[00:14:22] CALLER: I’m going to have to go back a little bit to explain that. So, in my younger 20s, I was out. I, you know, I just had a lot of issues. I’ve had a, you can ask me any question you want about this. It’s totally fine. But I have a, a very. I’ve got an interesting childhood. I’ll put it that way for now. My family is very, very religious. And after I came out, like, I think part of the reason was, you know, when you’re in your early 20s, like, I think one of the best things I could have done in retrospect is to be in counseling when I was that age. That would have saved me a world of hurt, and it would have saved me a lot of things I didn’t need to go through. But I, you know, I came out of the system, and I was like, you know, I’m an adult now. I’m on my own. It’s my stuff. But my family, they’re very, very religious. They believe that homosexuality is a sin. And they had pressured me to go, my biological mother. So, I don’t talk to my parents because my biological mother, she at this point in time where I was very hurt and very injured, like I tried to tell them once that I was gay, and they turned on this James Dobson video about how gay people get AIDS, they do drugs, they die. One of those. And she said, you know, enormously hurtful things to me, and it’s so weird how people do things like that and they think that they’re doing it in love, but really, it’s hate. You know, they just don’t see it that way. It’s all about perspective. And so, they talked me into going to conversion therapy.
[00:16:34] CHRIS: Oh, I’m sorry.
[00:16:36] CALLER: I went, you know,
[00:16:38] CHRIS: that’s what you read about that for five minutes. That’s the worst thing. It’s one of the most cruel things that’s ever been invented.
[00:16:46] CALLER: Yeah. Yes, it’s a pretty awful thing and, I don’t know, like there was this organization, I don’t want to talk about it, but after she found out I was gay, she just started calling anybody she could from her church and eventually somebody put them in touch with this person who agreed to, to do that with me, basically, and I didn’t see this person very much, but this person was like, you need to read this book and this book and this book. And because of where I was at in my life and my age, I just basically accepted what was given to me. So fast forward back to dating, which is what you asked about. I was very nervous about telling my ex about, I have a very long history. I don’t, I did not have the easiest life. I told her bits and pieces of things and every step of the way, she just basically told me, I don’t care. That’s not who you are now. And instead of really listening to me and trying to figure out what that meant or whether or not I was the right person for her. She just sort of pushed past it. And, you know, eventually to her, it just became like there were so many stories and, you know, I was nervous about telling her more and more about myself. And so, I actually didn’t tell her until, that I was attracted to guys, until about a week before the wedding.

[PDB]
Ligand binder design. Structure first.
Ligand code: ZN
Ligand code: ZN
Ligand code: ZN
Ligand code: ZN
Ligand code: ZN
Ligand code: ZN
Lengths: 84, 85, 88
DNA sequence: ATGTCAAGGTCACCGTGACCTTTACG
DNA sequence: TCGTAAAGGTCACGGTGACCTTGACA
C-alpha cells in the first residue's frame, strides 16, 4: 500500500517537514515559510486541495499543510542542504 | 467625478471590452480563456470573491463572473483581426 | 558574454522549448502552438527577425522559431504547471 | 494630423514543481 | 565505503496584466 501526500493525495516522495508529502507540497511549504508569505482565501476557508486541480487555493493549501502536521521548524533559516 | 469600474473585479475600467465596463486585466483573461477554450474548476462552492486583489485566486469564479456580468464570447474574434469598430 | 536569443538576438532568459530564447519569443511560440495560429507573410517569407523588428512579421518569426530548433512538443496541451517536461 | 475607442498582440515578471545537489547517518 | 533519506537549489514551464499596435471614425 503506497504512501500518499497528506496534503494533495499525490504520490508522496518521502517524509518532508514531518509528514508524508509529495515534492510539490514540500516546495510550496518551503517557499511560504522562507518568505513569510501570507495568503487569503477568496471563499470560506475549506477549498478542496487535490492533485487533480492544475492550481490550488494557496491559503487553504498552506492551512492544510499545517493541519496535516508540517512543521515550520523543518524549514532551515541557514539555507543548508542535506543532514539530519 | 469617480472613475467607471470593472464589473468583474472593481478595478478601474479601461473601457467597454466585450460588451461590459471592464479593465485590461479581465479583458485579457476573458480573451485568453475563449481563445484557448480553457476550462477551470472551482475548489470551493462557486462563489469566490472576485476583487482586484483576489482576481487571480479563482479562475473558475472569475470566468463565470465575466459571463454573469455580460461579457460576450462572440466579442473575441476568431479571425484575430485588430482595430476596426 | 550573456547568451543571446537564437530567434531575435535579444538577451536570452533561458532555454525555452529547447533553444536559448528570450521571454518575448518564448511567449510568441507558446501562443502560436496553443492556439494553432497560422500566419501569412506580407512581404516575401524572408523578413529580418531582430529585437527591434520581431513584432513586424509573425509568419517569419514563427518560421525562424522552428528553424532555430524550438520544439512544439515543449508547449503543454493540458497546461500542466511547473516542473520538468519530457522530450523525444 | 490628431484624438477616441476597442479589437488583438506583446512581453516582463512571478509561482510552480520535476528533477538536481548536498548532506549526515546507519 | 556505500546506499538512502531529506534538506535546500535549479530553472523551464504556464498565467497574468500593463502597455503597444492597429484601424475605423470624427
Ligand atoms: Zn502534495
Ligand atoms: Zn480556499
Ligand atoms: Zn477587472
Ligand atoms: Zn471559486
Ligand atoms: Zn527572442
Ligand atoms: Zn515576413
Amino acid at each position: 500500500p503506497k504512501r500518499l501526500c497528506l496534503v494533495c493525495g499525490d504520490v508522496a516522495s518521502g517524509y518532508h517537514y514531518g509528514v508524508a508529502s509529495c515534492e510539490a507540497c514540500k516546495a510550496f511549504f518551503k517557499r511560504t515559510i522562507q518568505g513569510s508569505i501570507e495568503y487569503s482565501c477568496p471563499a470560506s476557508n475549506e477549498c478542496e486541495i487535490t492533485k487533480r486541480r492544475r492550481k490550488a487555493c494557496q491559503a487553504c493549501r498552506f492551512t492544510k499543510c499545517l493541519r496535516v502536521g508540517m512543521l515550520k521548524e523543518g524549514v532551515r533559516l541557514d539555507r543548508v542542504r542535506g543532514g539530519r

[00:18:28] CHRIS: Oh, wow. Now, I’m sure you’ve thought about this. This is a question that might sting. There, there might be people listening who feel like that put her in an unfair position, and I wonder what you think.
[00:18:53] CALLER: Yeah, you know, Chris, that, that one’s on me, that’s my fault. I shouldn’t have put her in that position. You know, you’re right on the money on that one. I have to own my actions for better and for worse. I just hope there’s somebody out there listening that doesn’t make the same mistake I do. Or I did.
[00:19:19] CHRIS: At the same time, let’s also note. I’ve said on the show a number of times that I understand that religion can lead to charity and community, and I appreciate all sides of it. I’m also very wary of the dark side of it. It sounds like you were in a culture that really was the evil side of religion, in my opinion. You said you don’t want to go too in-depth into the conversion therapy, but there is a reason that it is being banned in so many places. And anyone out there it is, it is an effort to bend people against their will, make them feel hateful towards themselves and acts like you can fundamentally rearrange who you are in a way that you can’t, and it’s clearly something that leads to trauma. I would imagine that it’s impossible for anyone to escape that without being damaged in some way, you know, if not permanently, then in a way that’s going to take years and years to unwrap. So, I’m not letting you off the hook. And I think you have said I own my choices. It’s on me. I hope other people don’t, you know, go down that same exact path. But it’s also very fair to also reiterate, systemically, you were put through something that is, is pretty unforgivable. And I would have to imagine that there’s many people who go through conversion therapy, who don’t sit down and have that conversation beforehand at all where that conversation comes years into a marriage or maybe never, and those marriages might be unhappy because of it. So, it’s good to hear you say, yeah, that was that was a tough call. I don’t recommend making it, going down the same way if you’re out there. But also, you did get put through some brutal stuff.
[00:21:29] CALLER: Yeah, well, I think age helps with that, too, because when you’re younger, you just kind of go through stuff and you don’t really have like, it’s difficult when it’s just stuff that’s happening to you. Right. Because that’s what seems normal at the time. But as you get older, and I’m sure you’ve seen this with yourself, too, you start to understand the difference between what’s normal and what’s not. You know, you see that reflected in the world around you. Like, you know, for a very long time, I didn’t understand that I did not have a normal childhood.
[00:22:15] AD BREAK: And that my friends, my dear listeners, is a great place to pause. We’ll be right back.
[00:22:34] CHRIS: Break is over. Hope that you stretched, got a glass of water, stay hydrated. Anyway, let’s get back to the call.